5 things every parent should know about teaching their kids how to toughen up and how to be resilient.
1. Have Kids Help Other Kids. Children feel a sense of pride when they help others. Dr. Robert Brooks says that children begin to feel that “because I’m on this earth, this earth is a better place”. Often helping others leads to self-gratitude and a boost in self-esteem.
2. Know the difference between Empathy and Enabling. It is wonderful to empathize with your child. However, do not atmosphere in which your child feels he or she cannot face issues alone. Give suggestions about how to deal with problems such as bad grades, bullying, or losing in sports. But do not fight a child’s battles for him/her.
3. Authoritative Discipline. A resilient child understands that there are consequences to poor actions. Dr. Robert Brooks says that Authoritative Parents set firm limits and do not negotiate the terms. Rather, they stress the fact that every child has a choice about what to do and how to behave, and the result of that choice is dependent upon the child. Authoritative Discipline results in a child having self-discipline.
4. Communicate! Having an open line of discussion with your child is important. You want your child to feel comfortable to talk to you and trust that you will both listen and try to understand. It is important for parents to ask questions, say experts Stephen Gray Wallace and Dr. Chris Fulton. This will help you not only gauge what is going on in your child’s life but also help keep the line of communication open and help your child talk and work through personal issues as they arise.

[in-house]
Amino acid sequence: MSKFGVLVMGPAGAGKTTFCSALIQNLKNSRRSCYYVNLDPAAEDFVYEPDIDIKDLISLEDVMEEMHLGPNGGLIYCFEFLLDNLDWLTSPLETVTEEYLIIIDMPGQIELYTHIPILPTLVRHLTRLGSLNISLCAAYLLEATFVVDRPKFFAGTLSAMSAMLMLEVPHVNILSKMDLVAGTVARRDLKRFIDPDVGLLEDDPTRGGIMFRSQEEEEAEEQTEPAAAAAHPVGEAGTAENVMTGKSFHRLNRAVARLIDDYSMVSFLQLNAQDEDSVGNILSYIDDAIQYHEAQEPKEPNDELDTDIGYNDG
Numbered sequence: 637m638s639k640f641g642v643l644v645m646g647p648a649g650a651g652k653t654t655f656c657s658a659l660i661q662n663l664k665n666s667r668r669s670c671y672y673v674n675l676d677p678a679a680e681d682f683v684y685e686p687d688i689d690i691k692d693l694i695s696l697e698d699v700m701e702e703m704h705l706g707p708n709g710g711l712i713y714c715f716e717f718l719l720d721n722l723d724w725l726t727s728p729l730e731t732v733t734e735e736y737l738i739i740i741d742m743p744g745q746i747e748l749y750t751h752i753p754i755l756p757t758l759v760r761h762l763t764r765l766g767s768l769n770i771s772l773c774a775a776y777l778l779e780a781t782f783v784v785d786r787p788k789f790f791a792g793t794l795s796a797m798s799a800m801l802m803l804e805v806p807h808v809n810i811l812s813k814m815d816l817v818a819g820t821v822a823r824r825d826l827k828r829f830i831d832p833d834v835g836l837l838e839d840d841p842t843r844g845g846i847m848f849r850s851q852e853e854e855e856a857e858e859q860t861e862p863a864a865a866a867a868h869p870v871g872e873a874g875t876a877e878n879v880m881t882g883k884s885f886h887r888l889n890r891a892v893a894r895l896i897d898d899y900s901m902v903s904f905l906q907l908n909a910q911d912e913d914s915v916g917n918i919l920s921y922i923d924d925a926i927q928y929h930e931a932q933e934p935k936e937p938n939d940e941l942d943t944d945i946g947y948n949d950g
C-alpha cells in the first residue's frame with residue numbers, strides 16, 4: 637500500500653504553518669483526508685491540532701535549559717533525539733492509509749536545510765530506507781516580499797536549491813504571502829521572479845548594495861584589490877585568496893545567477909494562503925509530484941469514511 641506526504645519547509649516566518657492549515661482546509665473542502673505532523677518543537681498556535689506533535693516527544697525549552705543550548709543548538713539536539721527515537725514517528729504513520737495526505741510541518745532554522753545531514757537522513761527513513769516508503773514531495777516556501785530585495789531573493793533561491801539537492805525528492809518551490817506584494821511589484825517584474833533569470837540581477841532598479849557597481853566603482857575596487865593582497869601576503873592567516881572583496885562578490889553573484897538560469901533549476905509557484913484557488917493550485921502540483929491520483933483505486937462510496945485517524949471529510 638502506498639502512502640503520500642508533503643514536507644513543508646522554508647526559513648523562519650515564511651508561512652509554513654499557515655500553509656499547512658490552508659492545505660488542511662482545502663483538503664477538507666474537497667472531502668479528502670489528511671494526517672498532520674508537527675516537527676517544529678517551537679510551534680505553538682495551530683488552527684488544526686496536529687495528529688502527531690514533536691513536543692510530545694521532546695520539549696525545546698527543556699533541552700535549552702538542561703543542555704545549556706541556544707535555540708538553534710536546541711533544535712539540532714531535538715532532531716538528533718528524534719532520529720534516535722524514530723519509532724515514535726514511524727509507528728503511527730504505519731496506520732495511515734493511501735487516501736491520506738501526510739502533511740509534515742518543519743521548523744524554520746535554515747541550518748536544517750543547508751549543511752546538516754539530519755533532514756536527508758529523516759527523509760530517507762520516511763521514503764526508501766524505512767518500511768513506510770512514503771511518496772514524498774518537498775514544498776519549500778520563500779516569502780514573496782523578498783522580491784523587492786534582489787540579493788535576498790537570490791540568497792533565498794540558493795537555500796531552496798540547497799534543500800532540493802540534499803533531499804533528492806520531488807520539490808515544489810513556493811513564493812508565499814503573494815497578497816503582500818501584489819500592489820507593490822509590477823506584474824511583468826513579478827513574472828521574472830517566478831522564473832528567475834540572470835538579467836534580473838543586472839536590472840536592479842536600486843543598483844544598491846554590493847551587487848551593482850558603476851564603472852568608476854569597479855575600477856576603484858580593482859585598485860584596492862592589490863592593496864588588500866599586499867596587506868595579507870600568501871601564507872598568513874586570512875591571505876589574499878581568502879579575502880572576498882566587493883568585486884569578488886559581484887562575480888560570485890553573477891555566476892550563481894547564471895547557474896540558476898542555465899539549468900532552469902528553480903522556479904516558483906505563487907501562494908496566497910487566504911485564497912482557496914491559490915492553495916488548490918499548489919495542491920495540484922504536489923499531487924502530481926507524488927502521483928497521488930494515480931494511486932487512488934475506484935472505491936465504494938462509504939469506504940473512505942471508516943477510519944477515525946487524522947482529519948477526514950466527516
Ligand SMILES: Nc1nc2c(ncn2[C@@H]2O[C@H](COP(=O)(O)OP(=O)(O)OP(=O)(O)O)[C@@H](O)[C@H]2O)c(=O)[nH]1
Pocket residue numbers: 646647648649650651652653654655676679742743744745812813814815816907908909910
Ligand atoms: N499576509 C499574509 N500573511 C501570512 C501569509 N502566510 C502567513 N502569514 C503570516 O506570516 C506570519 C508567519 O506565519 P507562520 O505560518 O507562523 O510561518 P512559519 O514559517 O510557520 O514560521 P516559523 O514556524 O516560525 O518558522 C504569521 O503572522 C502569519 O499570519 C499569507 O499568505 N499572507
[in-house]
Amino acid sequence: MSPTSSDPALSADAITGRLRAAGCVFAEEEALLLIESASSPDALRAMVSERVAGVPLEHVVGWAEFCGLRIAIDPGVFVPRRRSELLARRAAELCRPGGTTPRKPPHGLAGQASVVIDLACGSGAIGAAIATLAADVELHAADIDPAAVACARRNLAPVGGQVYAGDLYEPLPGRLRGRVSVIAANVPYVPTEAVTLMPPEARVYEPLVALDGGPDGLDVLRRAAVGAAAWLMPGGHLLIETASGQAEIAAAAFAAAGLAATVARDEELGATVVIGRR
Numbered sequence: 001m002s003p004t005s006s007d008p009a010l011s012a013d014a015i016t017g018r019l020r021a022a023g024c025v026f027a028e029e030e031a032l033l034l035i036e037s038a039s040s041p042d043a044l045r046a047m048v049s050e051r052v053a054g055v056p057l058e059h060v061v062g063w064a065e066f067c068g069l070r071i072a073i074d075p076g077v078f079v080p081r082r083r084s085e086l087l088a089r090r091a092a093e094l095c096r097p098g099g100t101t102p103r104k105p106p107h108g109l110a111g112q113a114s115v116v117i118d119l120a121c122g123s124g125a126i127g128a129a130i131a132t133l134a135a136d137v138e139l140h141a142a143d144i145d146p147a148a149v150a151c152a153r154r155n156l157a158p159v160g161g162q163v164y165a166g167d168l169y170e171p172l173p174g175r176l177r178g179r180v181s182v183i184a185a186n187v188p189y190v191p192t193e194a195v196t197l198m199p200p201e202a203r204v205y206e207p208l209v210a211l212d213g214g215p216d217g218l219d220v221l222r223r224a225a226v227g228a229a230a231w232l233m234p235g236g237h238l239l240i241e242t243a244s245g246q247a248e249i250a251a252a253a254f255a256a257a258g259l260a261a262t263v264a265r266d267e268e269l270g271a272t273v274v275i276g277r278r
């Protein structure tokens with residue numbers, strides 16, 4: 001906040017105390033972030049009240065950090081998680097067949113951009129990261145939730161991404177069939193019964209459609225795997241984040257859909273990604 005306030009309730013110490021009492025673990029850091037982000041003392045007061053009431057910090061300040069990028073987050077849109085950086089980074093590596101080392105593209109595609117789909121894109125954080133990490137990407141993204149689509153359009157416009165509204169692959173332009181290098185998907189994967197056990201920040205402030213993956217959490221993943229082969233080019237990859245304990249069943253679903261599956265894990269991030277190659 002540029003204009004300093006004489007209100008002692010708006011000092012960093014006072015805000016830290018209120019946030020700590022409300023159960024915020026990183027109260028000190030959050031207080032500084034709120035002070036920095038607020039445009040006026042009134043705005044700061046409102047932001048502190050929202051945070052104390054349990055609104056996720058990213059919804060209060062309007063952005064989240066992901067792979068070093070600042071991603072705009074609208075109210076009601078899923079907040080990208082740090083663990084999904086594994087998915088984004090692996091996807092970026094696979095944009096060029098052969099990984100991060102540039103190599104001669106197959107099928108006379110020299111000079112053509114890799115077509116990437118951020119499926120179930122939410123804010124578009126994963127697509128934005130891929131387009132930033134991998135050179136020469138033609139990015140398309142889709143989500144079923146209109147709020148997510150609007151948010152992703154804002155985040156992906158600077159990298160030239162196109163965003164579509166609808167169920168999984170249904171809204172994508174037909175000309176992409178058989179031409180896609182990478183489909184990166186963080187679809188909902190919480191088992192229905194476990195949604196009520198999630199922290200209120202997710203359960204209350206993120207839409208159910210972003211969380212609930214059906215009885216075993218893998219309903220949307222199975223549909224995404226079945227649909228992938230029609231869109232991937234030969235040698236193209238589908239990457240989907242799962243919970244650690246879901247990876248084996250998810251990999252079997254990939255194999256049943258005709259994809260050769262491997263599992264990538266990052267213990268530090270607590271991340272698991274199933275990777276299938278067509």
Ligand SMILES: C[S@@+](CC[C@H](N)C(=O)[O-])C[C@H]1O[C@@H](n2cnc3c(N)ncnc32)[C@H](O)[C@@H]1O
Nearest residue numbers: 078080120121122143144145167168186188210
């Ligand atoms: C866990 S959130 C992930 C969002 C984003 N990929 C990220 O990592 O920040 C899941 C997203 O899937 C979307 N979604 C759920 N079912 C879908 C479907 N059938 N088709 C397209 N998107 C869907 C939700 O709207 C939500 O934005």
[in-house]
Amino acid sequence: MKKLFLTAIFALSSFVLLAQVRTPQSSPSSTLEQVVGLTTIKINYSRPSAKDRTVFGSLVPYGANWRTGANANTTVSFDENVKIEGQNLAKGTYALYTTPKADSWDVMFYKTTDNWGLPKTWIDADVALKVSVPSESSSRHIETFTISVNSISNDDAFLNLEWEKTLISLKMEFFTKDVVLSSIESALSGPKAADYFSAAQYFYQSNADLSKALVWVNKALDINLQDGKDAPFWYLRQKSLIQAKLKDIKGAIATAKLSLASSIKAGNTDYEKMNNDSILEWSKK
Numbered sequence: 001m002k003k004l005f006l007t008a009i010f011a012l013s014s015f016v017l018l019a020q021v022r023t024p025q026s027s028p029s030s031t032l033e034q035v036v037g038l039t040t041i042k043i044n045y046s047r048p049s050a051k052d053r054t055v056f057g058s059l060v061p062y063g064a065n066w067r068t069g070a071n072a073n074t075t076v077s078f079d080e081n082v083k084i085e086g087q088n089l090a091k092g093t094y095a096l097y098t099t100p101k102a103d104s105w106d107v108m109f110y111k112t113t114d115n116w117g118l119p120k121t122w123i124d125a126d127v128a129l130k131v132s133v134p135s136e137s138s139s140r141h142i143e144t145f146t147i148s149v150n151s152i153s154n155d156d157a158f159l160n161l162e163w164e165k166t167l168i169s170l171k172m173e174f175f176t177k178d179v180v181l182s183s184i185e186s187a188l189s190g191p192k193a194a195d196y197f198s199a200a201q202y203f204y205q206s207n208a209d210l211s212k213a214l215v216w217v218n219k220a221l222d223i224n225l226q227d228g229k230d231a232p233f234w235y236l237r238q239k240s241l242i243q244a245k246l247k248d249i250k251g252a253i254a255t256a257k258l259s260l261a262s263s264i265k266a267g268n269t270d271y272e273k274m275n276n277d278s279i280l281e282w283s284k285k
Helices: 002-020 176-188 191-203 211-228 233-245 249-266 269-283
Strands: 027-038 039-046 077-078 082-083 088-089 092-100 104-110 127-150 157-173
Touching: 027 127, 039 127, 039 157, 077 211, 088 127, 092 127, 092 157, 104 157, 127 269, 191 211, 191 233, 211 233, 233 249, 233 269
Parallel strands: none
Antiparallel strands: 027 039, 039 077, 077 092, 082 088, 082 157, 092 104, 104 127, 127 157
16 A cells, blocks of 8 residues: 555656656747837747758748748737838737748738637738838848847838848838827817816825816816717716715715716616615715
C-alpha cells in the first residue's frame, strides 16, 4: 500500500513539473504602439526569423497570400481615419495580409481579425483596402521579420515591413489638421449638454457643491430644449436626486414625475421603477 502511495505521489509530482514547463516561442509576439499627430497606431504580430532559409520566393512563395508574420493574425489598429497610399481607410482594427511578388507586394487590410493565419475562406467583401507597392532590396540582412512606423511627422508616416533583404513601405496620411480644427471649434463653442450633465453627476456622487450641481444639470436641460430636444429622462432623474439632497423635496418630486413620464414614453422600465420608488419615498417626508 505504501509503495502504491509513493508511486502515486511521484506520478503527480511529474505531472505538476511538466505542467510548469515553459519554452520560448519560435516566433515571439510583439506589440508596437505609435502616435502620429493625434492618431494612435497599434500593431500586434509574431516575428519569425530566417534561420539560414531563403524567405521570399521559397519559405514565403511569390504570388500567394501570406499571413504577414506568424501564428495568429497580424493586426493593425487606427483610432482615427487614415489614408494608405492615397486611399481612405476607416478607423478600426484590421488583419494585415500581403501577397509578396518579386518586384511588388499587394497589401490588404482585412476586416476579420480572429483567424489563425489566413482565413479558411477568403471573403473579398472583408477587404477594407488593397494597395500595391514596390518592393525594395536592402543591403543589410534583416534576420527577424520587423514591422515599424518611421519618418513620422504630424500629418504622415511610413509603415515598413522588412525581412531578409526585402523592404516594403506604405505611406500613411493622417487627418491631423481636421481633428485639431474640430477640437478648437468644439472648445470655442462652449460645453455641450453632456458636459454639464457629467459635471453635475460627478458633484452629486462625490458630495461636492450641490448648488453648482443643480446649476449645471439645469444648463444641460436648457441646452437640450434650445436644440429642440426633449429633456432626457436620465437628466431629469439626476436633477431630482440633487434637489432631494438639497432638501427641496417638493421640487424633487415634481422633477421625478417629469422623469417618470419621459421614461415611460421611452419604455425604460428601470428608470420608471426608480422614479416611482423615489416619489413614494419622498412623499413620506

5. Problem-Solving. You have to be a positive model for your child. “One of the main characteristics of resilient kids is they view problems as things to solve rather than be overwhelmed by,” says Robert Brooks, PhD. As a parent you need to model the idea that mistakes are not the end-all-be-all and that every problem has a solution.
For More information on how to toughen up check out these expert-videos:
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About Stephen Gray Wallace, MS Ed
Stephen Gray Wallace, director of the Center for Adolescent Research and Education (CARE), has broad experience as a school psychologist and adolescent and family counselor. He is also the senior advisor for policy, research, and education at SADD (Students Against Destructive Decisions), an organization he served as national chairman and chief executive officer for more than fifteen years.
Stephen serves the Cape Cod Sea Camps as a resident camp director and the director of counseling and counselor training and the American Camp Association as a feature magazine writer, media spokesperson and faculty member at its e-Institute for Professional Development, a role he also plays for the American Academy of Family Physicians.
The White House, the American Camp Association, SADD, Camping Magazine, and the Susquehanna University Alumni Association have formally honored Stephen for being a tireless and passionate advocate for youth.